The non-Augustinian view of sin seems to have one thing common with historical explanation: actions are explained (and/or evaluated) by reference to criteria outside the agent. Caesar's motives are irrelevant to understanding what he did in crossing the Rubicon, just as the sinner's internal state is irrelevant to determining whether or not she has sinned. An action is not the exclusive property of the agent; instead, the action is explicable in terms that do not depend on any specifically agential powers or states, and the agent is then merely the one through whom this action was performed, or a particular on whom the action depends, though not a particular that plays a role in explaining the action (so redness might be attributed to a ball, but we can explain the redness without reference to the ball, although of course every occurrence of red will depend on a ball or, at least, some item that bears the color). For a theory of action to do what Michael wants it to do, it would need to have this form.

Thompson's theory does not have this form. As he stresses on p. 86n.3, and especially p. 93, the real reason for an action is a thought, or consideration on the part of the agent: the belief component of the belief-desire complex found in Davidson. Thompson stresses that his aim is not to abandon this complex, but only to replace the desire component with an action component. And, again, the considerations or beliefs are "reasons in the strict sense" (p. 96n. 14). Thompson's specific aim is to explain the dependence of action on thought, and specifically what sort of consideration makes the thought of the "right kind" (p. 94) to serve as a reason for action. If action A is to be explained by action B through its dependence on the agent's thought, or if action A is to be explained through the agent's possession of a virtue, then the dependence of the action on thought is crucial.

We may wonder whether we might not be better off dropping this requirement. Perhaps we can best explain historical actions by reference to wider actions that the agent clearly did not consider, just as we may make more sense of sin—perhaps as violation of taboo rather than as evildoing—if we think of it merely as the lack of conformity of an action with a norm that has no essential relation to an agent. But this takes us very far out of the domain of making sense of reasons for action, whether instrumental or moral ones. Historical explanation may require an action theory that has nothing to do with explaining actions by rationalizing them. But if so, then naïve action theory will not ground historical explanation. At best, it will provide one side of a platform on which two very different kinds of action explanation (internal and external) can enter into a relation with each other. But then we may wonder whether plenty of other, non-naïve, action theories may not do this just as well.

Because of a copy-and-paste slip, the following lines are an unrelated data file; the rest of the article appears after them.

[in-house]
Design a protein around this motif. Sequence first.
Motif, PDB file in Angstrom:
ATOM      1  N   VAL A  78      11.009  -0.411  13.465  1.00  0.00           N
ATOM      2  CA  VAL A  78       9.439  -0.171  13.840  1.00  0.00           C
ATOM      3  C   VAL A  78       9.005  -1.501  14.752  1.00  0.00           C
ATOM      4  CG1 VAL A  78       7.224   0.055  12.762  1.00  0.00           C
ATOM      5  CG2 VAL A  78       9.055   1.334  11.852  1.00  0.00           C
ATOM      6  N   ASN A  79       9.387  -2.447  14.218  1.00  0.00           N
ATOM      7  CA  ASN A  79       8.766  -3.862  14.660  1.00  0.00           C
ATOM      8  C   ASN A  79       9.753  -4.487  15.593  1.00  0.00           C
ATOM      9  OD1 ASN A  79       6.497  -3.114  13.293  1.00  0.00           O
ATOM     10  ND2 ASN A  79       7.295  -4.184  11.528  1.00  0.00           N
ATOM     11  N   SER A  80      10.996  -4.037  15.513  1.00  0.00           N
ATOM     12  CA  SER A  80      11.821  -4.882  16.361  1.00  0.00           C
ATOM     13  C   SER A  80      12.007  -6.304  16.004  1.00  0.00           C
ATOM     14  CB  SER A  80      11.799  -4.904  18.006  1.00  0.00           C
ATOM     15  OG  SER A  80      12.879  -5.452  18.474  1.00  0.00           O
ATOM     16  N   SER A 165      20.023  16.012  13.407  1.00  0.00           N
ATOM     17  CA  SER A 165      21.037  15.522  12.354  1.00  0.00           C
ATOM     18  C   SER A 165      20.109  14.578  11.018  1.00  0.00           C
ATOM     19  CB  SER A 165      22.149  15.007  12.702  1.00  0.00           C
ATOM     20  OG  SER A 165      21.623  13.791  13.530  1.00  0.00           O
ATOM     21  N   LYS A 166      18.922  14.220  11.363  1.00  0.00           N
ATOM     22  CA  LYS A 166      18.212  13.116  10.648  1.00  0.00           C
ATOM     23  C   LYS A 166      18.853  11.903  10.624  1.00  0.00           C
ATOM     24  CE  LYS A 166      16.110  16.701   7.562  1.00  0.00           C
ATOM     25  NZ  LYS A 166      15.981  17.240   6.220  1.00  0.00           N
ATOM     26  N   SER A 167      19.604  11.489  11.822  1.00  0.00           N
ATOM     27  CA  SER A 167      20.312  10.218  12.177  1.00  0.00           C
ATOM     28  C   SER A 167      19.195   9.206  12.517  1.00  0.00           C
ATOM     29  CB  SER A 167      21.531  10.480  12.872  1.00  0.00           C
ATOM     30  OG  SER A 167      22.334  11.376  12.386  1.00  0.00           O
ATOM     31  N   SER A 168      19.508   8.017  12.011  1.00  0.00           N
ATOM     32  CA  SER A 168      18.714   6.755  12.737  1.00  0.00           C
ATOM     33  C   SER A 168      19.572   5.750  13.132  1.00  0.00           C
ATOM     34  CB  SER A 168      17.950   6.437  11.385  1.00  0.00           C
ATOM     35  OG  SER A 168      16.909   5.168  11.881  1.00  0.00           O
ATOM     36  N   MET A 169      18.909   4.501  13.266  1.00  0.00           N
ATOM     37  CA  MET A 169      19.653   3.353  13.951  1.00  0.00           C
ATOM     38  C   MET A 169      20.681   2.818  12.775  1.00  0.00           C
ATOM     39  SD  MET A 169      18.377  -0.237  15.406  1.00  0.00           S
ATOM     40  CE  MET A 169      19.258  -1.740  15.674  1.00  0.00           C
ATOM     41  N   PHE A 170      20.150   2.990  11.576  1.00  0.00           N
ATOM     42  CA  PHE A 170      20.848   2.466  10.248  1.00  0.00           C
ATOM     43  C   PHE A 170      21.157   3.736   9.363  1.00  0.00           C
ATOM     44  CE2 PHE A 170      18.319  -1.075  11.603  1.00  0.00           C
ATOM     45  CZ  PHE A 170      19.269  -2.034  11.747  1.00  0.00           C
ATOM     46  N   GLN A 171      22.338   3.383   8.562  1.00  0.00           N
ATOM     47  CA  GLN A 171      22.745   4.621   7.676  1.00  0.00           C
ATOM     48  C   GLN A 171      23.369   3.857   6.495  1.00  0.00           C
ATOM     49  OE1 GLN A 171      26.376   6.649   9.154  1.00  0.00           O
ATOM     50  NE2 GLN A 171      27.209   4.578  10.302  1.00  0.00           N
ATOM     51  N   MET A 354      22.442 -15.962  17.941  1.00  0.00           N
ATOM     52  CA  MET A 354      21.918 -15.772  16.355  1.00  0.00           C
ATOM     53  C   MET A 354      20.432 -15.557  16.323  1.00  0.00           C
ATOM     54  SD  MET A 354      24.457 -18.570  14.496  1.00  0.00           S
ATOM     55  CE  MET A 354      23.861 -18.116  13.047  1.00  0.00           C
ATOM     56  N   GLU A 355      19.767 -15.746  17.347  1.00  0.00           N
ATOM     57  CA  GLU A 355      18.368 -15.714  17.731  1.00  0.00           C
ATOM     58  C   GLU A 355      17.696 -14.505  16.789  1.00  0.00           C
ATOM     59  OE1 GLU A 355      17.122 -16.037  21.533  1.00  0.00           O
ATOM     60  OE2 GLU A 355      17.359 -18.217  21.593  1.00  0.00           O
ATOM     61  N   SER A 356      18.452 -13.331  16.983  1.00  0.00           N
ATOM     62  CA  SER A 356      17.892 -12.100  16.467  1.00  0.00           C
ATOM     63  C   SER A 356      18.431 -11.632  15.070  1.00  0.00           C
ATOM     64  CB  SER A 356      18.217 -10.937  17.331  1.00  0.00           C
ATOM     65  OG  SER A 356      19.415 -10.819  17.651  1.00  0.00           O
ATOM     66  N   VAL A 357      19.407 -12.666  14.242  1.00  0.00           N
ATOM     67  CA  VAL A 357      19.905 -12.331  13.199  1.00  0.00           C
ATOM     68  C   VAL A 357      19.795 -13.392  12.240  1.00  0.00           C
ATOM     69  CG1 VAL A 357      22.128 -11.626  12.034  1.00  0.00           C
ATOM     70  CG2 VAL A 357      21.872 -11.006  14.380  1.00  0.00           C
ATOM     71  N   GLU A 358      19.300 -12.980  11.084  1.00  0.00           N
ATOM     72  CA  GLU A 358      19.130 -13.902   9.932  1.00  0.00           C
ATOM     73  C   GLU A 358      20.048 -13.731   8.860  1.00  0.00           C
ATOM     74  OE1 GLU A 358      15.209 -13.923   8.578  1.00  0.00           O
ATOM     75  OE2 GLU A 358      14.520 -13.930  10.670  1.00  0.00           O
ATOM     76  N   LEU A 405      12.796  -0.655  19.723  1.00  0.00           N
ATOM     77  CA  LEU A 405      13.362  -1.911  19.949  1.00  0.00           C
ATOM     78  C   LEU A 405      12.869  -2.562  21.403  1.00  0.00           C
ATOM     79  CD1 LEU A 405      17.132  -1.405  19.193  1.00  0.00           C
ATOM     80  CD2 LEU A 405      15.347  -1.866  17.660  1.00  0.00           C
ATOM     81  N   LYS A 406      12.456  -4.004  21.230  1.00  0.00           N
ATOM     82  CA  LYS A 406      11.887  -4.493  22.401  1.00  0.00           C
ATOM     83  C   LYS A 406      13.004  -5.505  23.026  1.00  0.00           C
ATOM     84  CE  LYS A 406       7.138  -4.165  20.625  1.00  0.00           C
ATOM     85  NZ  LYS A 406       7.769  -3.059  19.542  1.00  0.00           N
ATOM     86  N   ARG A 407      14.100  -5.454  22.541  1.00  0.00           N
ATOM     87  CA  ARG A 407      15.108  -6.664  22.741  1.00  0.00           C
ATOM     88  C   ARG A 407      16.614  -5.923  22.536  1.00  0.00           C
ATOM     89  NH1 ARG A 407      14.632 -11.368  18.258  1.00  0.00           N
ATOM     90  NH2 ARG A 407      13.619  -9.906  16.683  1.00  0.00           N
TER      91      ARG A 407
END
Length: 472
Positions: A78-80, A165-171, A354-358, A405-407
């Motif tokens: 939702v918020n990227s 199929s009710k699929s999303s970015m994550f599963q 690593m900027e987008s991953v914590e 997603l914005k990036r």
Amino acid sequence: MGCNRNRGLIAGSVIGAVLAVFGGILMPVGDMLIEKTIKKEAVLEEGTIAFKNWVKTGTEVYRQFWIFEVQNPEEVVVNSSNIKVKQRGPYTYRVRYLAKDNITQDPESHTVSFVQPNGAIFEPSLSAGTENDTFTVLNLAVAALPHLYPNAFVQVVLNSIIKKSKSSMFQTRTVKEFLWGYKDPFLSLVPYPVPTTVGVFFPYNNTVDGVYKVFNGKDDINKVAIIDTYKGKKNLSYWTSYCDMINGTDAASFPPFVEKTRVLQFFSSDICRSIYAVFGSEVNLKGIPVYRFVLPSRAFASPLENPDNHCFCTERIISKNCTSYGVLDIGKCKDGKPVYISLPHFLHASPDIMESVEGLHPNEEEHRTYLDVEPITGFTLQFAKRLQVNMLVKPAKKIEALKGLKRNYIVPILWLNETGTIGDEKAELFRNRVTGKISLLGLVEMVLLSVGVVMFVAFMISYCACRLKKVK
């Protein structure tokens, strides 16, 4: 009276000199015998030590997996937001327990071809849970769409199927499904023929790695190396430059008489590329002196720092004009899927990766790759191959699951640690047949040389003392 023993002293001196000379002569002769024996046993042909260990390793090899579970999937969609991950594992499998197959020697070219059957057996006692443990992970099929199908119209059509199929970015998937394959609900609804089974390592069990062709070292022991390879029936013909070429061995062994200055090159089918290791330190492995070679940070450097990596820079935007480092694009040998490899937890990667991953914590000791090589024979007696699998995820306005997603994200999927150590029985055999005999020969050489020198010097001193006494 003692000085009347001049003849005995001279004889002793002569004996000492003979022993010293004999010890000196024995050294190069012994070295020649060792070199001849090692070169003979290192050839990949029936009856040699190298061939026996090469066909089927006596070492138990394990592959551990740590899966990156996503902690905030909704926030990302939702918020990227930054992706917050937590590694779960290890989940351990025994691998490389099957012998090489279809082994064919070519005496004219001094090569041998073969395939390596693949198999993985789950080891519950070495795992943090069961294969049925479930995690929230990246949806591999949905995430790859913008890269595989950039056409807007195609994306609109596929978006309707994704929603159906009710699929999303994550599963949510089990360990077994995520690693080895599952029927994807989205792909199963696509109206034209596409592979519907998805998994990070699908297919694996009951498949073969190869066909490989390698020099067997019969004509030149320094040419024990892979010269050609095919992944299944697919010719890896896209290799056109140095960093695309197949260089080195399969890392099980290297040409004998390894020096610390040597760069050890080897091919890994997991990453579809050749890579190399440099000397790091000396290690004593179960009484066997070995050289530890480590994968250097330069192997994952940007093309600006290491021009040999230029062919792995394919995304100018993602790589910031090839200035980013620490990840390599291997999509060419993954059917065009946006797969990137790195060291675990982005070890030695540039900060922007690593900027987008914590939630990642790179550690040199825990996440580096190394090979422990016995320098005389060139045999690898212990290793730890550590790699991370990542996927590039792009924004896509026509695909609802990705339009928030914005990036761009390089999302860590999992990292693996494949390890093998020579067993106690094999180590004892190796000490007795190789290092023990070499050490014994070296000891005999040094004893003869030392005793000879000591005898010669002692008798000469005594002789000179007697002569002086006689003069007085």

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Saturday, March 26, 2011

Naive Action Theory

The following few posts will show a naive action theorist trying to make sense of naive action theory. Naive action theory is a concept developed and defended by Michael Thompson, for example, in his book Life and Action. Naive action theory (NAT) takes off from the following observation: as often as not, folk reasons for actions are just other actions. "Why are you riding your bicycle?" Reason: "I'm going to the store." 'Going to the store' is itself another action. NAT is contrasted with Sophisticated Action Theory (SAT)."Why are you riding your bike?" Reason: "I want/intend to go to the store." 'wanting to go the store' is a mental attitude or state. The sophisticated answer is the sort that the philosopher will usually give. There's more to say about both, obviously, but that's the gist.

The contention behind NAT is that an action can rationalize another action as well as any reason or intention.* I'm not sure that Thompson's right that the folk usually do rationalize action in this way, but since I count myself, when it comes to action theory (I have never written on it nor studied up much on it), among the naive folk, and his examples sound pretty normal to me, I'm willing to grant Thompson's claim. Besides, whether or not the folk do commonly rationalize behavior in this way, Thompson's more interesting contention is that SAT is somehow derivative of and explainable in terms of NAT, while the reverse is not the case; SAT somehow presupposes NAT. For some preliminary reasons I'm going to discuss in just a second, I find this account of action intriguing, and the point of this diablog betweem Roman and I (and anyone else who wants to join!) is to understand it better.

*NB: My wife is making cookies right now. I just asked her to explain why. Her answer: "to take them to Taneka's [a friend]." Score, Thompson!

Why am I interested in Thomopson's work?